Whiteness Gap IPA

Location: North easterly tip of the Isle of Thanet, between Margate and Broadstairs.

Grid Reference: TR 394 710

Whiteness Gap IPA has been recognised as one of 165 Important Plant Areas in the UK.

The key features of this IPA are:

  • The species richness of marine algae in Littoral rock and other hard substrata
  • The coastal chalk reef and cave habitats around Thanet are very unusual. There is very little coastal chalk in Europe, but the UK has most of it and 20% of this can be found at Thanet.

    These shores are the longest continuous stretch of coastal chalk in Britain. The reefs of Thanet are the chalk rocks that extend out to sea and are encrusted with marine plants and animals. The chalk here is softer than other coastal chalk, and with other muddy sediments often makes the water very cloudy.

    Marine plants and animals are found in unexpected combinations with some rarities amongst them. Thanet’s many sea caves form the second most extensive chalk sea caves in Britain. Partially submerged they vary considerably in depth, height and aspect and hence in the algal communities present. Some caves extend for up to 30m into the cliffs and reach 6-10m in height, although many are much smaller.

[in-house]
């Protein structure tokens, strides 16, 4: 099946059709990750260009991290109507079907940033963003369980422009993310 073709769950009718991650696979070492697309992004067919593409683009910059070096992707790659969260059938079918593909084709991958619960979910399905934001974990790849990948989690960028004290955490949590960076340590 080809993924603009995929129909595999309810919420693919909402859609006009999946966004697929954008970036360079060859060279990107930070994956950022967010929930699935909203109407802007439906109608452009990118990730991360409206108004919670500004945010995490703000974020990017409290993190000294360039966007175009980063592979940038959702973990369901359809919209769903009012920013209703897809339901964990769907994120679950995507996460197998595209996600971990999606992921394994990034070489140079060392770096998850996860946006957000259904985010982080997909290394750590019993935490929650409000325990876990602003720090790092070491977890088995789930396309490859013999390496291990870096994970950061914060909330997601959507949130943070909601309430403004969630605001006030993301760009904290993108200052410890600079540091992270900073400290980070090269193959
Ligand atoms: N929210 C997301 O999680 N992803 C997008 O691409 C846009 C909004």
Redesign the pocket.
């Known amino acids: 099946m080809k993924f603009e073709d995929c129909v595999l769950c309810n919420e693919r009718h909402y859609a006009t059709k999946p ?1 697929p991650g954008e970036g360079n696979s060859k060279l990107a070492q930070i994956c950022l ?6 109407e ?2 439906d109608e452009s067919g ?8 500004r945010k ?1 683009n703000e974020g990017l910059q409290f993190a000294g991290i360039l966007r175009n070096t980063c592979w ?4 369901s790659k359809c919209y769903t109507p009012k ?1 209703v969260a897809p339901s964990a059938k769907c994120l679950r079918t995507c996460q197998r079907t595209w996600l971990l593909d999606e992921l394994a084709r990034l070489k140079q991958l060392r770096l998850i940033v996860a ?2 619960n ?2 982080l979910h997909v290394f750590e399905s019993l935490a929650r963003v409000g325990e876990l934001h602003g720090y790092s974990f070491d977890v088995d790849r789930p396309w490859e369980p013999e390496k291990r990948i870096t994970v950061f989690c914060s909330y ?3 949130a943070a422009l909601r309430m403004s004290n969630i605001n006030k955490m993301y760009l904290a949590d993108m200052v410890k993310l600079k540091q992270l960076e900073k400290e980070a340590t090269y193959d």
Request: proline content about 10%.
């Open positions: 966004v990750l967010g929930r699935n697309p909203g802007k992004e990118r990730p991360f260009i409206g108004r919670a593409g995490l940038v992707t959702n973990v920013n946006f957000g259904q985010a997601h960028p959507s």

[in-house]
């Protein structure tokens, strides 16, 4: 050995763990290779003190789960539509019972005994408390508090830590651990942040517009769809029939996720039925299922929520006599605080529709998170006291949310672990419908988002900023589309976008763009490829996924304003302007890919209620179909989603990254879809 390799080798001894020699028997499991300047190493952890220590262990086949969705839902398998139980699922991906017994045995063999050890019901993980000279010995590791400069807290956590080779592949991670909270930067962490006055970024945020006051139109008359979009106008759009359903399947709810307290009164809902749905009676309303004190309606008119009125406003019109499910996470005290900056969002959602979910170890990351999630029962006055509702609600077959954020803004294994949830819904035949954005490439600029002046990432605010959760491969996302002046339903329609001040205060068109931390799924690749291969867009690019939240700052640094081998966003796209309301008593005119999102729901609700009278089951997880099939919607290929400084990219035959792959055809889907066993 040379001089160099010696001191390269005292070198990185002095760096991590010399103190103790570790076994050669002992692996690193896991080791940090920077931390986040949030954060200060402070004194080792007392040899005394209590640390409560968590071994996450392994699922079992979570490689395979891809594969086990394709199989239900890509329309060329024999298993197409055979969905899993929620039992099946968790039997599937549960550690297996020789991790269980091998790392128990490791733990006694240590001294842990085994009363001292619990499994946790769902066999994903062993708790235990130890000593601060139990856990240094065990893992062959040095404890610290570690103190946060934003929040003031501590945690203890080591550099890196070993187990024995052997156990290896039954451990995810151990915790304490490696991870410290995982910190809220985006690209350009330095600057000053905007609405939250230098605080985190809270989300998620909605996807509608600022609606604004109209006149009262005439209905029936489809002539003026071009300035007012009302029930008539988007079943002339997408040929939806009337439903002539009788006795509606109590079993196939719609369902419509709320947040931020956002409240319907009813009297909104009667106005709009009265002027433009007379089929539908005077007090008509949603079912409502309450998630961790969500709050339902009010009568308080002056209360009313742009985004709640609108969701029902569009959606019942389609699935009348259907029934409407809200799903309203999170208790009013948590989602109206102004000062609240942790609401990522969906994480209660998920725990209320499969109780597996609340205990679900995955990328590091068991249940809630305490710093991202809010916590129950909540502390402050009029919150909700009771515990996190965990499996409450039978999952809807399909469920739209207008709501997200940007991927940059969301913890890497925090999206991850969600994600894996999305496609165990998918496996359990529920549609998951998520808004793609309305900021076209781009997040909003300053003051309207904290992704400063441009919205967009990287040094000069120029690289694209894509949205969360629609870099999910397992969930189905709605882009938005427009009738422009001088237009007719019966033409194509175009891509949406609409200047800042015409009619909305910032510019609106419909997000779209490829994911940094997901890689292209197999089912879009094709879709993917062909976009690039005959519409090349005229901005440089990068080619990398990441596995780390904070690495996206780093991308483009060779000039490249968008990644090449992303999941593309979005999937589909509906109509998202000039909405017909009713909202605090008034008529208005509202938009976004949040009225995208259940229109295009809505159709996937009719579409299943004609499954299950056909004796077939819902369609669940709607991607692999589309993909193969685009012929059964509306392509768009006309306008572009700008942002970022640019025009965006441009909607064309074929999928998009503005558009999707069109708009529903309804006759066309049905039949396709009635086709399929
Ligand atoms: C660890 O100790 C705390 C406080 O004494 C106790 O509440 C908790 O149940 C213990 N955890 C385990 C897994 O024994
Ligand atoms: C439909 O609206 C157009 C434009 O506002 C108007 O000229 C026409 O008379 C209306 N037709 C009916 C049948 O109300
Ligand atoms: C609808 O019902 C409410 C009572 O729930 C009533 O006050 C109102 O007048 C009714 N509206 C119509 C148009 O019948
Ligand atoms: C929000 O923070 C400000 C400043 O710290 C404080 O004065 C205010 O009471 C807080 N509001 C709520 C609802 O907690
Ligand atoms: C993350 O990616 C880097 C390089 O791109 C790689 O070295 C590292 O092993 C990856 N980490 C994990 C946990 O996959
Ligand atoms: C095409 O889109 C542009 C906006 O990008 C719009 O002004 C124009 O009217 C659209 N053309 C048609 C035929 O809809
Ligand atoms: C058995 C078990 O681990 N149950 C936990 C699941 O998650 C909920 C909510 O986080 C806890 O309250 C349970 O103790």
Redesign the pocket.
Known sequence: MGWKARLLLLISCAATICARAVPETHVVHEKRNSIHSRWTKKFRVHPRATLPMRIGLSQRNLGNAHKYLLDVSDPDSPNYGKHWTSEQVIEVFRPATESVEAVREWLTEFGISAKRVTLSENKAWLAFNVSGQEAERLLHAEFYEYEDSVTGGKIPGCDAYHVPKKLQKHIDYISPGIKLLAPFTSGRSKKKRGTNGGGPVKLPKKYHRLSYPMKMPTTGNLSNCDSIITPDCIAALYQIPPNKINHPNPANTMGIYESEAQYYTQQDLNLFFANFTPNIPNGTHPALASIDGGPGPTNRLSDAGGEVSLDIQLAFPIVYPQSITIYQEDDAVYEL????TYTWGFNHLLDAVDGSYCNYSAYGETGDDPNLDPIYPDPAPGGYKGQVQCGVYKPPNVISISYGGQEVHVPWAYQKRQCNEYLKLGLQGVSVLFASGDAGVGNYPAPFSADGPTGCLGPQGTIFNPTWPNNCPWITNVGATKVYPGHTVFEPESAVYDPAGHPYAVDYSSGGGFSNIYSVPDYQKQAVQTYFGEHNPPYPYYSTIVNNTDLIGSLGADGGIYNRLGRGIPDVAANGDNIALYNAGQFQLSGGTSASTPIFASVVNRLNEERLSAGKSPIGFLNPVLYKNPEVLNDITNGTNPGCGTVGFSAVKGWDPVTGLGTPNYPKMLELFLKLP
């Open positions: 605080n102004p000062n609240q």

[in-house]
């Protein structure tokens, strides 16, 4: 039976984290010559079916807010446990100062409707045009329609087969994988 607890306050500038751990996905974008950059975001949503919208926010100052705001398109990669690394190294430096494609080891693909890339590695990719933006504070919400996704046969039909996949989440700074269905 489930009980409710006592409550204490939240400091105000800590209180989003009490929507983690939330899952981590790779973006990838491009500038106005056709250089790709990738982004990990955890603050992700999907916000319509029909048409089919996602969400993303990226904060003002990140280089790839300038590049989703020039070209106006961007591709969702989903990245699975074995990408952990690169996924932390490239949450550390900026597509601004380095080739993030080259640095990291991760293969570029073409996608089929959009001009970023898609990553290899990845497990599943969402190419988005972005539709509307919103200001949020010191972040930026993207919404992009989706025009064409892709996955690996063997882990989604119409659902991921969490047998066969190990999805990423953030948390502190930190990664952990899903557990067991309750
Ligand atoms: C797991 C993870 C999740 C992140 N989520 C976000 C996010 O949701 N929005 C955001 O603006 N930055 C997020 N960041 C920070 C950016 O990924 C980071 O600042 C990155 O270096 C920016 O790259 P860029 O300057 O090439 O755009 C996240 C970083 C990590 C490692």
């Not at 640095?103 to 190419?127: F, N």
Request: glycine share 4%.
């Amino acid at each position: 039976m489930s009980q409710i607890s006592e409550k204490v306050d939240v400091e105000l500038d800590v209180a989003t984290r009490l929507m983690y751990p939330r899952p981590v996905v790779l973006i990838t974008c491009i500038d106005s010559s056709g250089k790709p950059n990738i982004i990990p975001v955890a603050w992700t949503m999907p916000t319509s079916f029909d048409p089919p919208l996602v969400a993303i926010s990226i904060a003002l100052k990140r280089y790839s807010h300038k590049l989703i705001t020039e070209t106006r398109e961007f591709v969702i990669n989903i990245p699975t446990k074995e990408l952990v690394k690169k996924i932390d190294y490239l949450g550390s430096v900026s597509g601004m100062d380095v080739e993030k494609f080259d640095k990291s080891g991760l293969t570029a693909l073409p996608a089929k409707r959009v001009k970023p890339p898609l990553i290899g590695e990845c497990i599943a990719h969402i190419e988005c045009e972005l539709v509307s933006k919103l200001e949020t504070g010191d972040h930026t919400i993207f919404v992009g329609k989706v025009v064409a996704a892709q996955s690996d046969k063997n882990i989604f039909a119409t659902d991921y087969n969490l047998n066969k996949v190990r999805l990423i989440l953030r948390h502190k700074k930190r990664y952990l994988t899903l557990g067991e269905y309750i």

The reefs are encrusted with marine plants. The soft chalk and cloudy water means that marine plants and animals are found in combinations that are not found elsewhere: kelp seaweeds with rock boring marine shellfish and worms, red seaweed turfs and microscopic marine plants and lichens which form velvety bands on the chalk.

    There is an unusually rich littoral algal flora, essentially of chalk-boring algae, which may extend above high water mark into the splash zone in wave-exposed areas. The caves support very specialised algal and lichen communities which form distinct velvety orange, brown or black bands around the high water mark. Some of these are only found on the shaded damp walls and ceilings of the caves and include species such as Pseudendoclonium submarinum and Lyngbya spp., some of which were first described from Thanet and so far have not been found anywhere else in the world. Other species of particular interest are Pilinia rimosa, and Apistonema carterae.